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Saskatchewan NDP Leader Ryan Meili speaks during a news conference in south Regina on Oct. 21, 2020.

Michael Bell/The Canadian Press

Saskatchewan’s two main political leaders criticized each other’s track records Friday as they urged people to vote in the home stretch of the provincial campaign.

Election day in Saskatchewan is on Monday.

Saskatchewan Party Leader Scott Moe was surrounded by honking vehicles at an outdoor rally in Saskatoon where he said his incumbent party has the experience to guide the province through the COVID-19 pandemic.

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“Do we go forward into a bright promising prosperous future? Or do we go back to the dark days of the NDP,” Moe said.

Moe repeated several campaign promises at the rally, including his party’s plan to have a balanced budget by 2024.

Since the Saskatchewan Party ousted the NDP from power in 2007, Moe said, it has stood against the federal carbon tax and pushed for oil pipelines.

“Our record is one of building: building hospitals, building schools, building highways, building a strong economy and a stronger Saskatchewan.”

He criticized the New Democrats for how the party handled teachers, job creation and health care when it was in government.

At a campaign stop in Regina, NDP Leader Ryan Meili said people can’t trust Moe to make the right investments as the province grapples with the effects of the pandemic.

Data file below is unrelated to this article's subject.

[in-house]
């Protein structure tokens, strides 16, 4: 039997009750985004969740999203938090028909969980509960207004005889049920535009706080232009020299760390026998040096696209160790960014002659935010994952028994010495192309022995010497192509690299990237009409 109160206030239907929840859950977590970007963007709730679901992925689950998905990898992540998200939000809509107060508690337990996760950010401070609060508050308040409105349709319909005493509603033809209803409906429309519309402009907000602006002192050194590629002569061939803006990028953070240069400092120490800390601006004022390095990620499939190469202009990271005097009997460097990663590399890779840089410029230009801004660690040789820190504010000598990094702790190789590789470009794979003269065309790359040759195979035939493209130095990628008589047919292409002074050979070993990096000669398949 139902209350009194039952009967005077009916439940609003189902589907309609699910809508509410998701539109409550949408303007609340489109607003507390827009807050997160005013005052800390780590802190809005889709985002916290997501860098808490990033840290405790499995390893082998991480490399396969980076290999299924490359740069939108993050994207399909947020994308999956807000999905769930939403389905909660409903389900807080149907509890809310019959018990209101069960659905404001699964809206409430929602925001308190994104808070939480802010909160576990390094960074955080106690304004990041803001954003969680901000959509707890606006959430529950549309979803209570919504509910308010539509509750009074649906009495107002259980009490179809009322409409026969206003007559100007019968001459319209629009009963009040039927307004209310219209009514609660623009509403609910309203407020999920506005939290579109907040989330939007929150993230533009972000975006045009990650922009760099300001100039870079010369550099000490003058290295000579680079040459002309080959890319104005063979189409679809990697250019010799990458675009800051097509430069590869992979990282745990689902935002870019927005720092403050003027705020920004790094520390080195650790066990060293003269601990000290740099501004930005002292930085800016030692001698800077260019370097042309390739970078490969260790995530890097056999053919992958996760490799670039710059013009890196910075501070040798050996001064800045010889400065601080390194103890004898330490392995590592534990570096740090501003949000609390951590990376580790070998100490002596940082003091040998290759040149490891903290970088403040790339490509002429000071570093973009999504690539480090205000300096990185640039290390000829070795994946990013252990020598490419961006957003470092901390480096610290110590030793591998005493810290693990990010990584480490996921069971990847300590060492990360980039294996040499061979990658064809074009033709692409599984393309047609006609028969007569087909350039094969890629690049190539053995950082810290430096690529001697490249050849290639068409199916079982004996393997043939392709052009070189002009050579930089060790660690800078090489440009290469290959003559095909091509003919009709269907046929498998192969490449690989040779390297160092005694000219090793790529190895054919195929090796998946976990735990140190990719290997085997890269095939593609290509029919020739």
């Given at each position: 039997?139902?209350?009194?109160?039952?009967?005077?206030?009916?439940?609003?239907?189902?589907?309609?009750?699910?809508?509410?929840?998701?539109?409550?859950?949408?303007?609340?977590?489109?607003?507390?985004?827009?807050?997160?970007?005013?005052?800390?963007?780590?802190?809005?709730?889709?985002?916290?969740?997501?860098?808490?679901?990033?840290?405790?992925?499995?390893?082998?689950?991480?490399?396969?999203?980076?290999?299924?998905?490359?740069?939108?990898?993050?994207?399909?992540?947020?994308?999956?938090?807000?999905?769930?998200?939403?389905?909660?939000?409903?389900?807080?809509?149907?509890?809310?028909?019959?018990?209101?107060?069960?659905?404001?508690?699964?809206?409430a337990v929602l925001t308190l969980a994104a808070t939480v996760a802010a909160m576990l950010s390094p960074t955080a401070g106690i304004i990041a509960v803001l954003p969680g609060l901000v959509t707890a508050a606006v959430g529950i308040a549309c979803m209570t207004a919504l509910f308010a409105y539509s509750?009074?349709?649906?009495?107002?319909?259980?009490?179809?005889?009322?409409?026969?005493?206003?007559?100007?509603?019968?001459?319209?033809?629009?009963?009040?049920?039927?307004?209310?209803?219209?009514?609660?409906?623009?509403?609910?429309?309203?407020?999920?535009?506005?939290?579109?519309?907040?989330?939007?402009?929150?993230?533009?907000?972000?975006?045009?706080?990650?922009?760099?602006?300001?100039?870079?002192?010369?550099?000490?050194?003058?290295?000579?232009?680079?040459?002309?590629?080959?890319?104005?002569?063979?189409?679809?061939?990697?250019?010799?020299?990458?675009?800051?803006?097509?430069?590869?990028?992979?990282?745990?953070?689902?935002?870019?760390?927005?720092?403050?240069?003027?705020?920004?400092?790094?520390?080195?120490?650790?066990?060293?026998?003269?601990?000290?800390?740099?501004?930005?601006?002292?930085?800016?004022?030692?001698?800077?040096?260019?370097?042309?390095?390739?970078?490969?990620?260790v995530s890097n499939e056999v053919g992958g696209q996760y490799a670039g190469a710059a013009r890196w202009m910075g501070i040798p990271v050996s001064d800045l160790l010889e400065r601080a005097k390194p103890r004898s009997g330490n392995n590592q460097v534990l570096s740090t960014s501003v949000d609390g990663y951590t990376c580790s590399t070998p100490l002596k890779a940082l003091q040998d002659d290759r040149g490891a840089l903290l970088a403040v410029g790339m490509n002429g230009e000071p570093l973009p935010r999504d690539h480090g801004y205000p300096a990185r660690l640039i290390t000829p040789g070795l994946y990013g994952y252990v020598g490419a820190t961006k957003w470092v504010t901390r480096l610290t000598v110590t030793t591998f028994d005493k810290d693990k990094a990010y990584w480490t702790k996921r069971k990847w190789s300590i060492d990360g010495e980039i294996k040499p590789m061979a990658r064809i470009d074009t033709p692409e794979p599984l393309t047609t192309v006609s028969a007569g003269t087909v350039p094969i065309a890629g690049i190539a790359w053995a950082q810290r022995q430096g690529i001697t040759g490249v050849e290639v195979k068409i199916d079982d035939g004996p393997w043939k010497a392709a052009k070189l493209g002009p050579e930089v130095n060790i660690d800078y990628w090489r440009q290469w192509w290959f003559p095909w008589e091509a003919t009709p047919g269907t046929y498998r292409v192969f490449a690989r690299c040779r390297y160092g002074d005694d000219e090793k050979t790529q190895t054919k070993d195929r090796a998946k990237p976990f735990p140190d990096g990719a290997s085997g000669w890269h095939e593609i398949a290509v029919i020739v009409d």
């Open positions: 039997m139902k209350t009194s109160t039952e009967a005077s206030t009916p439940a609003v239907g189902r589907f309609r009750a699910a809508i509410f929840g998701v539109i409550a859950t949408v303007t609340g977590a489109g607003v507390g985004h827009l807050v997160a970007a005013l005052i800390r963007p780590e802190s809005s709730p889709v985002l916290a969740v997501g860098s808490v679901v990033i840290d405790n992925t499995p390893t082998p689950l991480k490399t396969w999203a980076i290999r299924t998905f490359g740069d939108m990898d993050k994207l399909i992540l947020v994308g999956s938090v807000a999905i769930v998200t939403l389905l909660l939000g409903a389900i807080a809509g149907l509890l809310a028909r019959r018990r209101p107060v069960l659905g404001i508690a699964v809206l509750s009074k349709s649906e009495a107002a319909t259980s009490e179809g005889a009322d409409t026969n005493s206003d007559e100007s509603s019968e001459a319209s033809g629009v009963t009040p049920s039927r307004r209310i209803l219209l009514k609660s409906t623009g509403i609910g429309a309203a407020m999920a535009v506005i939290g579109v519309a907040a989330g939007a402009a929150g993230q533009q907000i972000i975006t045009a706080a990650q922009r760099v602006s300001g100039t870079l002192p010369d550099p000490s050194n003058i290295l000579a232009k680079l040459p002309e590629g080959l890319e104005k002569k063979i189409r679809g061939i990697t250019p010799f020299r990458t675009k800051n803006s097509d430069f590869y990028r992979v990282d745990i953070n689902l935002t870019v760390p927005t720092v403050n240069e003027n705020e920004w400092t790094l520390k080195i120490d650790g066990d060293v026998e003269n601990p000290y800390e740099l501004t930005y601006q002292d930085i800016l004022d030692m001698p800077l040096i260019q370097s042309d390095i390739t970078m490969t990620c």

Meili said the Saskatchewan Party has a history of laying off health-care workers and pointed to its unpopular austerity budget in 2017 under former premier Brad Wall.

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Meili warned Moe’s plan would mirror that.

“The Sask. Party is old, tired, out of ideas and they only have one playbook,” he said.

“Mark my words, if the Sask. Party is re-elected, the cuts and privatization this time around will make 2017 look like a walk in the park.”

Meili repeated his party’s plan to fix understaffing in health care and shrink classroom sizes, among other promises.

The leaders had other campaign stops throughout the day, including another outdoor vehicle rally with Meili in Regina.

Saturday is the last day advanced polls are open in Saskatchewan.

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Meili and Moe both said it has been a very different to campaign during the pandemic but that they were optimistic about the number of people who have already voted.

“We didn’t know what to make of a campaign during COVID-19, what would that be like,” Meili said. “I’ve been really impressed.”

Elections Saskatchewan has said more than 43,000 people cast ballots Wednesday – the most in a single day of advance voting in a provincial election.

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